Originally Posted by Ze_ro
So how does it actually work then? Reading the document I linked to earlier, it seems to show up as CAT:... but what can be done with it? Will it read and write just as if it were any other device, or is it limited to simple file copying?
It works just like any floppy-like Amiga device as long as software is using standard AmigaDOS access functions. (=copiers like XCopy won't work but plain diskcopy or most adf<>disk utilities work)
Is this planned for UAE at some point, or is this all just hypothetical based on the design of the hardware? I would have thought that modern hardware like the Catweasel and KryoFlux would be fast enough to process/serve data within the time window that the emulated Amiga would expect (at least when talking about "standard" file access)... but I suppose using a non-real-time operating system prevents any guarantees about this.
Problem is not OS but latency between software and hardware (floppy drive), time between sending command to drive and getting reply back takes some time.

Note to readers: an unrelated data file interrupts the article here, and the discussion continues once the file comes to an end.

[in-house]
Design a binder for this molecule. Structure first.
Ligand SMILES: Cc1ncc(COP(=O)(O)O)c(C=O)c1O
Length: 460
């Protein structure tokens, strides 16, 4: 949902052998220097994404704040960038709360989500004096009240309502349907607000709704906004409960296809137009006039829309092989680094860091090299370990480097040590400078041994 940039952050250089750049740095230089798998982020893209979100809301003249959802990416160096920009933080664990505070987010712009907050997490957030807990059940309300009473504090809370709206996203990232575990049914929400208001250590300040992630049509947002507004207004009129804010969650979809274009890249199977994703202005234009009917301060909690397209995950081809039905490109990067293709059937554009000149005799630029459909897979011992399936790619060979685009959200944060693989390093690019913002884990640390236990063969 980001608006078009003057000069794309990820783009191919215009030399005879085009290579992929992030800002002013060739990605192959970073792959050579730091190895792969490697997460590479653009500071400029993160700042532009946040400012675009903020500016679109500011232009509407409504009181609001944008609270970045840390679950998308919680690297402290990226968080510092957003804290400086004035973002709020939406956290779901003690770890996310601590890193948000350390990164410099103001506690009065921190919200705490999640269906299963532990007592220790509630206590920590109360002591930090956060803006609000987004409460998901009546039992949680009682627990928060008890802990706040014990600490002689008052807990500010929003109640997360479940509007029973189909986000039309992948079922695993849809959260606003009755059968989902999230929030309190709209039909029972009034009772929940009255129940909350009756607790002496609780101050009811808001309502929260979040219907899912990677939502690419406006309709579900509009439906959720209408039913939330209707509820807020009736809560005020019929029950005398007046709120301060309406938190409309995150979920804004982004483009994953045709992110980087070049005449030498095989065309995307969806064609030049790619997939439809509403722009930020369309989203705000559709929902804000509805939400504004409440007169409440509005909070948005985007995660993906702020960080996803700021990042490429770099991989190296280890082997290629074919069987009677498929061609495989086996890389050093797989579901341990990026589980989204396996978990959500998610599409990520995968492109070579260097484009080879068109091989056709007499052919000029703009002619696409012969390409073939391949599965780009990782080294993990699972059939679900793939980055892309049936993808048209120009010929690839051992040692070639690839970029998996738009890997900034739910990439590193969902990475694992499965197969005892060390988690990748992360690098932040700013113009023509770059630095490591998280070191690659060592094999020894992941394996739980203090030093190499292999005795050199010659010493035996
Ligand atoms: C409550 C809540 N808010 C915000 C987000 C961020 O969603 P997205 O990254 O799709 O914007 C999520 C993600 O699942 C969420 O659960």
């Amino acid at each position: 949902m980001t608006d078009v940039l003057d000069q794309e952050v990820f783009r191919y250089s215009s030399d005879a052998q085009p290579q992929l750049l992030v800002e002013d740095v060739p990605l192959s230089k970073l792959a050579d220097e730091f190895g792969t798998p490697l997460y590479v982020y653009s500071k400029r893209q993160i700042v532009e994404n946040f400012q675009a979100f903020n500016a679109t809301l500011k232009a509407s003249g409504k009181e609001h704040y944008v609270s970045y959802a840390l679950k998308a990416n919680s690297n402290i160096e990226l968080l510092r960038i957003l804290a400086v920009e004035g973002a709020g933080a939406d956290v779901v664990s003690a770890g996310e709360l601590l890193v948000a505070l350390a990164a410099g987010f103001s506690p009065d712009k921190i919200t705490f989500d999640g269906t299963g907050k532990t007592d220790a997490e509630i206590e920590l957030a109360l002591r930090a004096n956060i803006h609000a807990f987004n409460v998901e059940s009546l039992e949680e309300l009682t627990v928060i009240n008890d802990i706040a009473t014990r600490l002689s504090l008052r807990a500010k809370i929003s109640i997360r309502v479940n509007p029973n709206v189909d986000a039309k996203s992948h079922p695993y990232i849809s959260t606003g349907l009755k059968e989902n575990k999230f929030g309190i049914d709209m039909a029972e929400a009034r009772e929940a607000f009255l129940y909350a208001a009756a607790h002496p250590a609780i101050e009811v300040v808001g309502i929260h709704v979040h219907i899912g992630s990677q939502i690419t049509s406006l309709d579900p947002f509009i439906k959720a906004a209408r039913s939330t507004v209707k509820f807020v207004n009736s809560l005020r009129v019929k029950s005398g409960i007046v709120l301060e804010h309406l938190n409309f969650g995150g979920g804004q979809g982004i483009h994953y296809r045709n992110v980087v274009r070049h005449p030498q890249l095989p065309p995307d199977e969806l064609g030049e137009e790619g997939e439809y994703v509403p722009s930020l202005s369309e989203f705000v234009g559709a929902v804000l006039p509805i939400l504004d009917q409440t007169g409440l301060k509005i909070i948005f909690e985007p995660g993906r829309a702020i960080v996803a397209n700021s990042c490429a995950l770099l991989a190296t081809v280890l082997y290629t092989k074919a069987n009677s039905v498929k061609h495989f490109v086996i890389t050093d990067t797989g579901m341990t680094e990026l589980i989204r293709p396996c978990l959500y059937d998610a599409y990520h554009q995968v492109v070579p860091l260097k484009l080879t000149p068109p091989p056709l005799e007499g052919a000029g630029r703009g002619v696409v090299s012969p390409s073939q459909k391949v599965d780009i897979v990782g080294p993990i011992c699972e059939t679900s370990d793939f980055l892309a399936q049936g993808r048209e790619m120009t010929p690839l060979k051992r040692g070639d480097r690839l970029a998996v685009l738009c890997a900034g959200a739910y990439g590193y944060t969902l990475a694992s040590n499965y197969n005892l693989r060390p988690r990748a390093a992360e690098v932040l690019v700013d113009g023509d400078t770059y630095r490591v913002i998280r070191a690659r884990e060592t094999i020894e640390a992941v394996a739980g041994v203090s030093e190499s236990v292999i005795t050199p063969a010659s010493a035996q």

Also note that Catweasel can either read/write to disk from internal RAM or internal RAM is copied to/from host PC, both can't be done simultaneously. Which makes real-time emulation practically impossible (without keeping emulation paused most of the time..)
For example some copy protection might do this (just an example, there are many similar situations)
- read data until something specific happens (data matches some magic word, index sync, whatever)
- switch disk side but keep reading
Disk side switching should be instant but because USB and software is packet based, some data is still in buffers that must be flushed. Now we have the problem, it takes some time before disk side switching gets to the drive and first data arrives from drive. Only 100% compatible solution is to pause the emulation until data arrives. (we are again in "sync")
Copy protection is happy. User might not be happy enough. (especially if music or sound was playing)
Or we can keep emulation running
Copy protection is unhappy ("gap in data? that can't be original disk") and user is very unhappy (game didn't work)
Standard disk accesses don't need that kind of accuracy and would work just fine in most situations.